Arthritis and Golf: tips on how to play pain-free

For some, golf is likely to bring with it a few aches and pains, especially among older golfers. It is a hugely popular sport for all ages and the use of handicap system allows older men and women to compete for many more years than is possible with most other sports. As previous Masters winner Bubba Watson said, “That's the great thing about golf. It doesn't matter how old or young you are; if you're 90 and can shoot a good score, people will want to play with you."

However, if conditions such as osteoarthritis is impacting on your golf game or any sport you enjoy, here are some tips on how to play on regardless, compiled in conversation with our Physician team:

Warm up properly

Golf may be seen as a low impact game, but this does not mean that you should skip a proper warm up. Studies have shown people who warm-up prior to playing golf have 50% fewer injuries than people who do not. Full range of movement is essential for a good game of golf and can also lessen strain on your joints. Try gentle stretching and simple range-of-motion exercises before you tee off, there are some suggestions here.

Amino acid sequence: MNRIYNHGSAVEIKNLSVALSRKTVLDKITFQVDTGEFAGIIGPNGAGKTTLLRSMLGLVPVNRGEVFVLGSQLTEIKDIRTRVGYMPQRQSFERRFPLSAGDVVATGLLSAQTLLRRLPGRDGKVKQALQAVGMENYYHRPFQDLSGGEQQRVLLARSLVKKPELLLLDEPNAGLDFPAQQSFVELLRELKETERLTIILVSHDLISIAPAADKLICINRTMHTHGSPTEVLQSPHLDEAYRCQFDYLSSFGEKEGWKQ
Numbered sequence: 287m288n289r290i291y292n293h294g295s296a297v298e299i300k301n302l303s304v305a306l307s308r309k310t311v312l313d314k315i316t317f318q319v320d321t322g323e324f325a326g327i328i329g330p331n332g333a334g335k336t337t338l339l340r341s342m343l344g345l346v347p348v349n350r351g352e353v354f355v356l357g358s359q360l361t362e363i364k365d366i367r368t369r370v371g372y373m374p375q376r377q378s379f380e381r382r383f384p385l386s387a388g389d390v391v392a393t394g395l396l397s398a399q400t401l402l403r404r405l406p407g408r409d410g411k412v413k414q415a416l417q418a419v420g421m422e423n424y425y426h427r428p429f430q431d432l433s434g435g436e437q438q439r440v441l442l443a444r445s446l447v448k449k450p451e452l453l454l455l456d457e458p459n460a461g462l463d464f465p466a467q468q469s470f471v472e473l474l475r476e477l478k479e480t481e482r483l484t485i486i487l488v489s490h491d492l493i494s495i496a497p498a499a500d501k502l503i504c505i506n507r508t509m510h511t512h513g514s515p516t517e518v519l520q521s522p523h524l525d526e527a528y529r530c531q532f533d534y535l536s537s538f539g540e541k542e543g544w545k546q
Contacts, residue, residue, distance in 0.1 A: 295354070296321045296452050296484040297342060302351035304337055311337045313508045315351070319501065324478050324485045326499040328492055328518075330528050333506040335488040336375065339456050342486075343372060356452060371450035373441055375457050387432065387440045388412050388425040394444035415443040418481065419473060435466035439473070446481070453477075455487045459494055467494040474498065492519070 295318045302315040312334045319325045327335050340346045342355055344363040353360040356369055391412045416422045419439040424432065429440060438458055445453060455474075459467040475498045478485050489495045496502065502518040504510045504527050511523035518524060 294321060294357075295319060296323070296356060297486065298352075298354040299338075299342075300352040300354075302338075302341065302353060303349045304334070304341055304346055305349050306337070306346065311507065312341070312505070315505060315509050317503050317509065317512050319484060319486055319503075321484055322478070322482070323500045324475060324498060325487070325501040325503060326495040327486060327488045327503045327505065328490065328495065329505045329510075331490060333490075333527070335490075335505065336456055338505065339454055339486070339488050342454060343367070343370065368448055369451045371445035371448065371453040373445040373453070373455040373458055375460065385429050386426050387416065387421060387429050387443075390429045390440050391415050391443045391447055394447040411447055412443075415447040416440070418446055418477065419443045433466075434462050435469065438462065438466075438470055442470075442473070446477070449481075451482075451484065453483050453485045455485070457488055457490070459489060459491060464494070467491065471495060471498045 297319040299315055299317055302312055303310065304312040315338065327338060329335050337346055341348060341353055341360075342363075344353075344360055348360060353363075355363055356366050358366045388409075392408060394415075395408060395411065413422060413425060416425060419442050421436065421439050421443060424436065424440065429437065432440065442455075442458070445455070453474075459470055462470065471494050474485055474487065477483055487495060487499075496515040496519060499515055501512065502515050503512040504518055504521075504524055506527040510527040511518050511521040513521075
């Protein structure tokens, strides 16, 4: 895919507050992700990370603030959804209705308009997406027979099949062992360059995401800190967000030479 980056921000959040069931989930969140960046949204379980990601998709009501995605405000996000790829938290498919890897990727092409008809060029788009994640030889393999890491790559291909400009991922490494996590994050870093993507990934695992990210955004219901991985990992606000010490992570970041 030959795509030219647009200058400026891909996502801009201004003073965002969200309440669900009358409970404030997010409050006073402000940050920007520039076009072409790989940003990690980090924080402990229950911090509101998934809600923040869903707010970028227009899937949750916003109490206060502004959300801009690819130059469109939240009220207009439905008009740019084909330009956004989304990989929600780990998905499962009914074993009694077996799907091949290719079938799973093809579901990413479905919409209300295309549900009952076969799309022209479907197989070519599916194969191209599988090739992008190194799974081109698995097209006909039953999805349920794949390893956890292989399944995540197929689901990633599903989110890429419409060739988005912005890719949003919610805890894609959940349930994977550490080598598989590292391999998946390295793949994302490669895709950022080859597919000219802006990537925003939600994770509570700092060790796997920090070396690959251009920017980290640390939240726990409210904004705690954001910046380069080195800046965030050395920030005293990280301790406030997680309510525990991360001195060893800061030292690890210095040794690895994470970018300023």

All the gear and no idea

Ask for advice from a specialist golf shop on the latest technology and kit that can help to minimise strain on your joints. This can include new lightweight graphite clubs - in addition to a lighter shaft, playing with a graphite shaft could help reduce vibrations in the arms and shoulders. Players who suffer from arthritis in their hands should try an oversize grip. The oversize grip is thicker than a regular grip and will not place as much pressure and tension on the hands and fingers while they wrap around a smaller grip. Other suggestions are conserving energy by taking only frequently-used clubs and using a motorised cart, lower compression golf balls, longer tees, golf gloves with extra grip and pads to ease hand pain and even orthopaedic golf shoes.

Focus on your swing

The main risk factor for injuries in golf is poor flexibility. The “follow-through” phase during a golf swing is when the back and shoulders are most vulnerable to injury. The Arthritis Society in Canada developed these swing tips for golfers living with arthritis. Advice includes keeping your grip tension consistent, adopting the classic swing rather than the modern or reverse-C swing, finishing the backswing early and finishing with your spine in as vertical as position as possible to minimise pressure on the spine. End your swing at the three o’clock position, rather than the one o’clock position. When you stop, your spine should be as vertical as possible to minimise the load on the lumbar spine.


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